Kelly Sloan

Kelly Sloan

Clare Booth Luce, it is written, once said that public figures come to be associated with a single accomplishment – Lincoln winning the Civil War, FDR ushering in the New Deal, Henry Ford pioneering mass production of the automobile, that sort of thing – however complex their actual lives and service may have been. But how does one apply that rule to General Colin Powell, who passed away earlier this week?

He is, of course, remembered for being Chairman of the Joint Chiefs of Staff during the Persian Gulf War, his competence and leadership in that role propelling him to almost Olympian fame and adulation. Then too, he was, a little over a decade later, the face of America at the UN, making apodictic claims of possession by our enemy of weapons of mass destruction, claims based on intelligence that ultimately proved less than infallible. But neither of these episodes are particularly defining of the man.

It is easy to forget that he was also the last National Security Advisor to Ronald Reagan and presided over the beginning of the end of the gravest national security threat to the United States in a century with more than one. He was elevated to Chairman of the Joint Chiefs by George H.W. Bush, and soon thereafter presided with steely competence over one of the most complex military operations in history.

Many of the eulogies flowing in for Gen. Powell this week focus, appropriately, on his rise and his story, an eminently American one – coming from the humblest of origins, born in Harlem to Jamaican immigrants, graduating from City College, commissioning into the U.S. Army through the ROTC, serving combat tours in Vietnam, and ultimately elevating to the highest ranks of government service. After Vietnam, his talents caught the eyes of no lesser figures than Frank Carlucci and Caspar Weinberger. It was Providential that he happened to be black, but a testament to his manifest gifts and to his country that he would have risen no quicker if he were Irish, or Italian, or Japanese.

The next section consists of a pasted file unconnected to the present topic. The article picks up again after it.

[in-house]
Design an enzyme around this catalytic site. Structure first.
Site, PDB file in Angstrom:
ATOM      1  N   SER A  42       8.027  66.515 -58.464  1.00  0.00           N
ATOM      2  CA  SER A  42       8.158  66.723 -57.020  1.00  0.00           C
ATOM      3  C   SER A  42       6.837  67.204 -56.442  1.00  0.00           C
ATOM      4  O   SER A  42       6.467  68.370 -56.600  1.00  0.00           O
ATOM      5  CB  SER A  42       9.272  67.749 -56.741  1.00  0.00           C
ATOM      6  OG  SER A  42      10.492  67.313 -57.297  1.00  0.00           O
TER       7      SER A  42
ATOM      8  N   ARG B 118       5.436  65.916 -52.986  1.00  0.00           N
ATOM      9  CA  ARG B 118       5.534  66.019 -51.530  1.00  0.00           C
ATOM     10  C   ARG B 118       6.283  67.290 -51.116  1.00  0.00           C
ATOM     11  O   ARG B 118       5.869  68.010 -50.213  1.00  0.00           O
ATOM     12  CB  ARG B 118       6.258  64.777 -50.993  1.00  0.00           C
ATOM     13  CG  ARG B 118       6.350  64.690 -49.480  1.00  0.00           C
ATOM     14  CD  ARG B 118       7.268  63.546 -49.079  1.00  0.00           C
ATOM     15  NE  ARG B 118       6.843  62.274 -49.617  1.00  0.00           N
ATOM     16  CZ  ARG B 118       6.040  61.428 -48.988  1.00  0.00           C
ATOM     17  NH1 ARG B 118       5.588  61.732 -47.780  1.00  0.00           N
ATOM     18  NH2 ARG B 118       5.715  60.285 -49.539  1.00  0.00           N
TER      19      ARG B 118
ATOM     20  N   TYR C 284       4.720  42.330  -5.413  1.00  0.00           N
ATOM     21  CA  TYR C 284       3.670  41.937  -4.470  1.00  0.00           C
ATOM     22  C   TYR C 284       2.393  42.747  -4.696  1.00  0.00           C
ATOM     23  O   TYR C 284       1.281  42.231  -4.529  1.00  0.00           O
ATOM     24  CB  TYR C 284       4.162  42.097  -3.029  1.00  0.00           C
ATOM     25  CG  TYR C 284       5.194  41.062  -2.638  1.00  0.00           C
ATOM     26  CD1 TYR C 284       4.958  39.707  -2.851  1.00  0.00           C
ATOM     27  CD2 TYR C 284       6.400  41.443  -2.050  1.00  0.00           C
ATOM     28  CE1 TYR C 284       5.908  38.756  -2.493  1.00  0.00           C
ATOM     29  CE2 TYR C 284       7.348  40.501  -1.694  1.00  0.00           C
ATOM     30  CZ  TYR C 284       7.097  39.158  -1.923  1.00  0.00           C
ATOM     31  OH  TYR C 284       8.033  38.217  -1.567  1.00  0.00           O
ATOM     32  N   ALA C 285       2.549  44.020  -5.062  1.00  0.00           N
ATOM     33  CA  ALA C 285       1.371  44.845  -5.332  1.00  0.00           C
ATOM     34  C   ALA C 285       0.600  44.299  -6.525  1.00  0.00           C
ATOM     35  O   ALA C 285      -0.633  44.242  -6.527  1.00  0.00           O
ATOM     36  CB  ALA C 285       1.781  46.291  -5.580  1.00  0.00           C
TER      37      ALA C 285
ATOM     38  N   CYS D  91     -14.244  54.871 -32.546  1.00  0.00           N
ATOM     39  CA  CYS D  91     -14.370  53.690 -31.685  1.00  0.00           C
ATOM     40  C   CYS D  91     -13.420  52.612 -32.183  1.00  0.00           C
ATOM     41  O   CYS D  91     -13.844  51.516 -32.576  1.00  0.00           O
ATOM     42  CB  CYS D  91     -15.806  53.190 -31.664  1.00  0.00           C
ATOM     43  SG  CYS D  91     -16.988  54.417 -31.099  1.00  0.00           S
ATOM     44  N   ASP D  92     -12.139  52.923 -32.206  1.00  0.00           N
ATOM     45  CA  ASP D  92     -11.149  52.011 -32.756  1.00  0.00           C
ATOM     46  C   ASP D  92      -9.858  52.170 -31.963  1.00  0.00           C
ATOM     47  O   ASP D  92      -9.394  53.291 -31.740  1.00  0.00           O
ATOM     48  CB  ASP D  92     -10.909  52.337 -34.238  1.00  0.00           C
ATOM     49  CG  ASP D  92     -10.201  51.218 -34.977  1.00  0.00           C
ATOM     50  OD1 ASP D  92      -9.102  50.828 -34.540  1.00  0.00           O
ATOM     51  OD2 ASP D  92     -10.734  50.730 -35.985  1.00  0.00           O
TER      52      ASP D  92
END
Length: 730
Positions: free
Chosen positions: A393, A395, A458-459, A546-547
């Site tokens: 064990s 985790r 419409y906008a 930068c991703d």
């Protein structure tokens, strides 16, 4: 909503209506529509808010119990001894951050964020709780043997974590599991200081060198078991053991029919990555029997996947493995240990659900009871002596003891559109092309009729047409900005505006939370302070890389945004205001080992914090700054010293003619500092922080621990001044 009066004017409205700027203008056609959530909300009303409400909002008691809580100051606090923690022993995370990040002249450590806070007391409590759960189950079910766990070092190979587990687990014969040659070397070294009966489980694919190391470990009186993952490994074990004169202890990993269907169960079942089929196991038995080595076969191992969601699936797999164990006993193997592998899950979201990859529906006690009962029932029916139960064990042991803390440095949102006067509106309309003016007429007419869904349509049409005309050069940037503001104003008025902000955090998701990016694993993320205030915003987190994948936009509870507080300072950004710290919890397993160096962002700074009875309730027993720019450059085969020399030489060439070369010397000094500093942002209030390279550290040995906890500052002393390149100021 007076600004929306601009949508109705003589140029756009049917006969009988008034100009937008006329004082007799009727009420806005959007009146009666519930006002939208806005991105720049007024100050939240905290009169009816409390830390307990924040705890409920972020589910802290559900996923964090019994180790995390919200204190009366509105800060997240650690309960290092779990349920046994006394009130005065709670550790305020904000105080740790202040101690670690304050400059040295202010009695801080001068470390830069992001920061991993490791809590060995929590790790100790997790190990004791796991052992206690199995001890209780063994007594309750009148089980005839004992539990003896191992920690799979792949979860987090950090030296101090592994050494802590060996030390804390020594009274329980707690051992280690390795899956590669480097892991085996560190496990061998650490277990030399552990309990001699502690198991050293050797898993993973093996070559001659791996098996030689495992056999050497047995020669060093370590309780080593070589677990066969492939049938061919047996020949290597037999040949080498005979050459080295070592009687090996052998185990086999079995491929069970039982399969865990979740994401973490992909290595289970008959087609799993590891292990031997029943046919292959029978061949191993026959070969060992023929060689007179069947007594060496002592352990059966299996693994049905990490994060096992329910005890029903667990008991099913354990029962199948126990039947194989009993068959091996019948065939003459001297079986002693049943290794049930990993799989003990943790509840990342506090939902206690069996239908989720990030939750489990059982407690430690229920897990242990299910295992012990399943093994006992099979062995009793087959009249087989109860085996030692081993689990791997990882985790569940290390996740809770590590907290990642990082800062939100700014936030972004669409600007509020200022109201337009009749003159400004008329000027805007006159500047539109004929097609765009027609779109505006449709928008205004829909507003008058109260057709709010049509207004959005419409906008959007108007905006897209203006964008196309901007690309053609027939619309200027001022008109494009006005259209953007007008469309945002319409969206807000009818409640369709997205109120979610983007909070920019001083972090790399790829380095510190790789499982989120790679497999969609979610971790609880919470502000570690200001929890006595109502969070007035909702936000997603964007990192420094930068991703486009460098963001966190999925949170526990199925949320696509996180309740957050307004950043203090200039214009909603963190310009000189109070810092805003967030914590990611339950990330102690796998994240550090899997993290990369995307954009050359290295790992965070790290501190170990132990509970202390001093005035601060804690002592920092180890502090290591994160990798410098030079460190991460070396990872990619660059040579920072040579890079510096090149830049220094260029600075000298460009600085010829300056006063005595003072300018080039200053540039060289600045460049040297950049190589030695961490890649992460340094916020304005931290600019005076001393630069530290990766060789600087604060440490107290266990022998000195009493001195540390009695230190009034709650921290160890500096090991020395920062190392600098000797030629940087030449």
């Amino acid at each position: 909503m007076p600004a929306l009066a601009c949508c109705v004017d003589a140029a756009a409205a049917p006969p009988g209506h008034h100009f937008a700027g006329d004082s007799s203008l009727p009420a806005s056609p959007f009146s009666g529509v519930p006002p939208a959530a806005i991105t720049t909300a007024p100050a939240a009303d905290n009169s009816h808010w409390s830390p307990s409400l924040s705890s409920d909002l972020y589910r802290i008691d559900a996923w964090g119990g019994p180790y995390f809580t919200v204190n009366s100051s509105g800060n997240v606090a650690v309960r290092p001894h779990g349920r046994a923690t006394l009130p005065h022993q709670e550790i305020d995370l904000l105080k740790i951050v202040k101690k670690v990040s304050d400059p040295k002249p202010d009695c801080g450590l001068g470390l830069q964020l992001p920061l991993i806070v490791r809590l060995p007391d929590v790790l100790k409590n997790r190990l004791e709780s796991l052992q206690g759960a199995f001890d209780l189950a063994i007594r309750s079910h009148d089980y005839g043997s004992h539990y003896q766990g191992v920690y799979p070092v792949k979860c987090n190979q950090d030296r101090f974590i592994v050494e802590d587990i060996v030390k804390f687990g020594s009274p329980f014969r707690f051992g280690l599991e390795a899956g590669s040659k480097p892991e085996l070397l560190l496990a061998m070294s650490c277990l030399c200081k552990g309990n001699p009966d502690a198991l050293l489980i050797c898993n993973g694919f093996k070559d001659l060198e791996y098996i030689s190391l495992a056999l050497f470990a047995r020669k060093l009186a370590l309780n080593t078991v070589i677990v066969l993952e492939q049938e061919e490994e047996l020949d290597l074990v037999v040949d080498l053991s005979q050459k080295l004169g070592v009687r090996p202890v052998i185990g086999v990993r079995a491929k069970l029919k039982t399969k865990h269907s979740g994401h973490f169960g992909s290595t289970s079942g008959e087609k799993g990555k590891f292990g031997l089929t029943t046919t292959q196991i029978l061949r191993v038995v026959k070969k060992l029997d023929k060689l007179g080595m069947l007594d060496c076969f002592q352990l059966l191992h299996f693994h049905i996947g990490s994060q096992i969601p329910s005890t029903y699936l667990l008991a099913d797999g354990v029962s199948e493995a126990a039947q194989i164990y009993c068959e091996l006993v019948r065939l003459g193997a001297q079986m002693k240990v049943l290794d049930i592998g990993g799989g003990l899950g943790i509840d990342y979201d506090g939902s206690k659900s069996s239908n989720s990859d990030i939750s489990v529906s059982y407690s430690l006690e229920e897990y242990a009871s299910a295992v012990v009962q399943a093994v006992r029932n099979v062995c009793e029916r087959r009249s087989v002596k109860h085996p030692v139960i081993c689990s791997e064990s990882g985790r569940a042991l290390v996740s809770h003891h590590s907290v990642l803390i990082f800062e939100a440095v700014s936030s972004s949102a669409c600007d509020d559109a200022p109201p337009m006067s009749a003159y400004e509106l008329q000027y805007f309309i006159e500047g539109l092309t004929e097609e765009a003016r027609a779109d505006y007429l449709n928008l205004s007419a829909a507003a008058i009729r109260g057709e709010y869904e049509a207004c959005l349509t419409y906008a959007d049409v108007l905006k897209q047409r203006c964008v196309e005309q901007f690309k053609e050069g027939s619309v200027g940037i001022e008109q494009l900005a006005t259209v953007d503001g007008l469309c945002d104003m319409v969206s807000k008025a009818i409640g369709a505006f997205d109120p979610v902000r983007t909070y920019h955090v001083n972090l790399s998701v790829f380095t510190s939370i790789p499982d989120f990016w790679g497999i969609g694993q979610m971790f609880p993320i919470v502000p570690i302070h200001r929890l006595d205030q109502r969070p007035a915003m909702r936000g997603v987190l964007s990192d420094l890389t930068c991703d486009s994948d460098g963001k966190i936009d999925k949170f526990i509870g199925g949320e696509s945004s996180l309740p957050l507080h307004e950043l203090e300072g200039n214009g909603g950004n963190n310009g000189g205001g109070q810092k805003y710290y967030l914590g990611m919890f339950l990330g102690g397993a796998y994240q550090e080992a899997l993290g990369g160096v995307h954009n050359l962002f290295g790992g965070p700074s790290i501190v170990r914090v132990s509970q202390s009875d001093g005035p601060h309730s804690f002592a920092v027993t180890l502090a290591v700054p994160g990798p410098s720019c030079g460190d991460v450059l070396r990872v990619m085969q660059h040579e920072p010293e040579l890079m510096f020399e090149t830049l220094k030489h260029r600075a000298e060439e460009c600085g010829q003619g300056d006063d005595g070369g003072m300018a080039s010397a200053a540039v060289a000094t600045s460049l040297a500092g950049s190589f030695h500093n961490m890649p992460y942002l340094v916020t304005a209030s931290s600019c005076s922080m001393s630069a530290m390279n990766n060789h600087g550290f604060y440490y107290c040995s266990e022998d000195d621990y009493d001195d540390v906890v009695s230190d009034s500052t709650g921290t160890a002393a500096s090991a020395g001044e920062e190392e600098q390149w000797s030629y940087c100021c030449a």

He possessed ambition, certainly, but did not appear to actively seek out political power, the way, for instance, Richard Nixon or Joe Biden dedicated their entire lives. In many ways he was the opposite of Nixon – Nixon possessed no particularly extraordinary talent, as an orator, or writer or what have you, but he did dispose of a singular will to succeed and mastery of political arts. Powell, on the other hand, was a gifted orator, some said the most since Reagan. As one commenter put it in the mid 1990’s, as speculation mounted as to Powell’s presidential ambitions, “no one else even comes close to his amalgam of dignity, self-deprecation, firmness and hope”. And yet he seemed far more content as the soldier than as the politician, accepting duties as they came to him rather than constantly hunting for them.

Those opportunities did approach him. It is one of those interesting historical “what if” questions: what if Colin Powell had been the Republican nominee for President in 1996? It was a role he was strongly courted for, but one for which he showed little appetite. The more interesting question is probably “what if he had been Bob Dole’s running mate?” My admiration for Jack Kemp has few limits, and hindsight is more myopic than 20/20, but it remains a fair supposition that a Dole-Powell slate was the only one that could have defeated President Clinton.

His public mystique eroded somewhat once he became President George W. Bush’s Secretary of State, as tends to happen to revered military heroes once they assume a more political role – it happened to Dwight Eisenhower too – and certainly his tenure was not without its missteps. Nor was he always right on policy -- no one who claims the mantle of a “Rockefeller Republican” and endorses Barack Obama for President can be right all the time. But his was a service born of honor, with a record that demonstrates that. He was the perfect diplomatic gentleman, but armed with a tough, sharp edge. He was a considerable asset, to the presidents he served and to his country, though it is not his achievements or positions he will be remembered by, but his honor and character. And he leaves us at a time when such traits are maligned, alternatively as weakness or as vestiges of a stodgy past, one which the passing of men like General Powell ought to make us lament for all the more.

Kelly Sloan is a political and public affairs consultant and a recovering journalist based in Denver.